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Delta-Lawyer, Patent Prosecutor
Category: Intellectual Property Law
Satisfied Customers: 3546
Experience:  Patent Bar Certified
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I was found guilty of resisting arrest in a simple traffic

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I was found guilty of resisting arrest in a simple traffic stop in California. However, the police officer broke my elbow in an excessive use of force. Do I have a police brutality civil case?
I hope this message finds you well, present circumstances excluded. I am an attorney with over 10 years experience dealing with criminal matters and litigation, among other things. It is an honor to assist you with this problem.

Generally speaking, obviously without having seen the video of the incident, if a person receives a broken bone during an arrest, there is a good chance that the police have overstepped their bounds and committed what could be termed police brutality unless they can argue this was necessary to protect themselves in upholding the law.

Before you file suit, you need to first file a complaint in formal fashion with the police department. In a civil suit, the court will look to see if you followed this step. If you did not, the defense will attempt to use your lack of filing a complaint against you.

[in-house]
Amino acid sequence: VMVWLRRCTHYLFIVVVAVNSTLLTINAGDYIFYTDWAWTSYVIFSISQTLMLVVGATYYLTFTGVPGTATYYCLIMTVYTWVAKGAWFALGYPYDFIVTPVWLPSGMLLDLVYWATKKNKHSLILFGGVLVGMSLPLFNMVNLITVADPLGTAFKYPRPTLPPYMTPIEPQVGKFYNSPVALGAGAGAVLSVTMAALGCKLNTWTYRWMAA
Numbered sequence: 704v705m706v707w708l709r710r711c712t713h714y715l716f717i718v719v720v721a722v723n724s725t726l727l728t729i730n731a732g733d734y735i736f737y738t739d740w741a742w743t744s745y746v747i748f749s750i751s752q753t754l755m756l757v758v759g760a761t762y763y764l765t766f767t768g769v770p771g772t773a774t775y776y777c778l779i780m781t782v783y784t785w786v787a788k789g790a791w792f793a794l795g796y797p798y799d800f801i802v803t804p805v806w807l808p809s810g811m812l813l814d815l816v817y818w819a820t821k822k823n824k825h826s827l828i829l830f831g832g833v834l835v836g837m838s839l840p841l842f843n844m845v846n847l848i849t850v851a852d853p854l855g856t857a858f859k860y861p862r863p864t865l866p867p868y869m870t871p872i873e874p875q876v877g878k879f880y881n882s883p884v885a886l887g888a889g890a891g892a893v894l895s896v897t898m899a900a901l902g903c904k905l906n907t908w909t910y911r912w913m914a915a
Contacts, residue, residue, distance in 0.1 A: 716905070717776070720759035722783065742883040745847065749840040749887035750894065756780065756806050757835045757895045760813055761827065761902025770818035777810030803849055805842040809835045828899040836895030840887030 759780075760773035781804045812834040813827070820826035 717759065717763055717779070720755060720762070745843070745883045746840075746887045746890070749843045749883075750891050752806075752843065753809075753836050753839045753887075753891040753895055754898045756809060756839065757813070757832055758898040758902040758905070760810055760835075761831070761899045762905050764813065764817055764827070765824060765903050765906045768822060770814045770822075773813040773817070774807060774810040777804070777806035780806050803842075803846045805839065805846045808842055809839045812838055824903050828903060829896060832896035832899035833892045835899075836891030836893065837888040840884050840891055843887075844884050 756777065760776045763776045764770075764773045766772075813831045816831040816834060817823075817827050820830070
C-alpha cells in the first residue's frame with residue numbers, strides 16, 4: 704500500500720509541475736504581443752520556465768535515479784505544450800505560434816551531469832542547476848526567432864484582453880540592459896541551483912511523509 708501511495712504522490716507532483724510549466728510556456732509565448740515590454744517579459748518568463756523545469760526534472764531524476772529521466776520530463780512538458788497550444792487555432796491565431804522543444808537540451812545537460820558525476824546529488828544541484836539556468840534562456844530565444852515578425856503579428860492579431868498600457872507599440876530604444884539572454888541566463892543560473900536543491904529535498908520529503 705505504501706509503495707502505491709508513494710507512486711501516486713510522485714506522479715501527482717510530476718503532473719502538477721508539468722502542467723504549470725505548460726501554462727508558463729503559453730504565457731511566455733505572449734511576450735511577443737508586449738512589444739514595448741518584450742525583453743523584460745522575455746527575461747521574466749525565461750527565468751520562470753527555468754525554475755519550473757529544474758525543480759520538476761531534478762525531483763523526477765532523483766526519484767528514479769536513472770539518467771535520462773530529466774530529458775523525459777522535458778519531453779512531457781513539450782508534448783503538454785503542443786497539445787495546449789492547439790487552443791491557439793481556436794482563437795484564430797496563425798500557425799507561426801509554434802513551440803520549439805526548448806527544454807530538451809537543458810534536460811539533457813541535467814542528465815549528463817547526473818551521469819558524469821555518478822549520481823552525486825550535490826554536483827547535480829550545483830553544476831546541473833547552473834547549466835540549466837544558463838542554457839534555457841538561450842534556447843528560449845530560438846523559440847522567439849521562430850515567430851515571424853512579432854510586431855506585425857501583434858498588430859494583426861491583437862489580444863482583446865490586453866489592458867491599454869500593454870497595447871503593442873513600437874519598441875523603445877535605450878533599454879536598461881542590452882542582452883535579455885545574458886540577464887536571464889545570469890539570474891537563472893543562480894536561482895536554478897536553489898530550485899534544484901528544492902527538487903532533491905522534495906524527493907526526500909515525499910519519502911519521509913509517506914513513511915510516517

Since you received a severe injury and since it was caused through interaction with the police, you may also want to contact your local FBI Office (normally in your nearest federal courthouse) and file a complaint against the police department and officers involved. The FBI will request any and all evidence, including video. I have recently seen an officer for a state police agency indicted and convicted of brutality. He is also currently being sued and his agency is being sued as well.

In summary, file a complaint with the police department, file a complaint with the FBI relative to the officer and department and then look at filing a civil suit within a year of the event taking place so as to not be precluded from filing suit by any statute of limitations.

Let me know if you have any other questions or comments.

Best wishes going forward and get well soon.
Customer: replied 2 years ago.

Followup question: My lawyer had filed a civil suit initially in California Superior Court. However, he dismissed it without prejudice because the criminal case of resisting arrest was pending. Now that I was convicted in less than 30 days ago, and have served 7 days in jail, I want to know if I can file the civil case again. I know that the statute of limitations in the civil suit has not expired. Can I file it?

You can still file suit based on the offense against you, no matter that you were convicted. The statute of limitations is 6 months in California from the incident in accordance with California Governmental Rule 910. You have to file faster in California than most states relative to suing the government.
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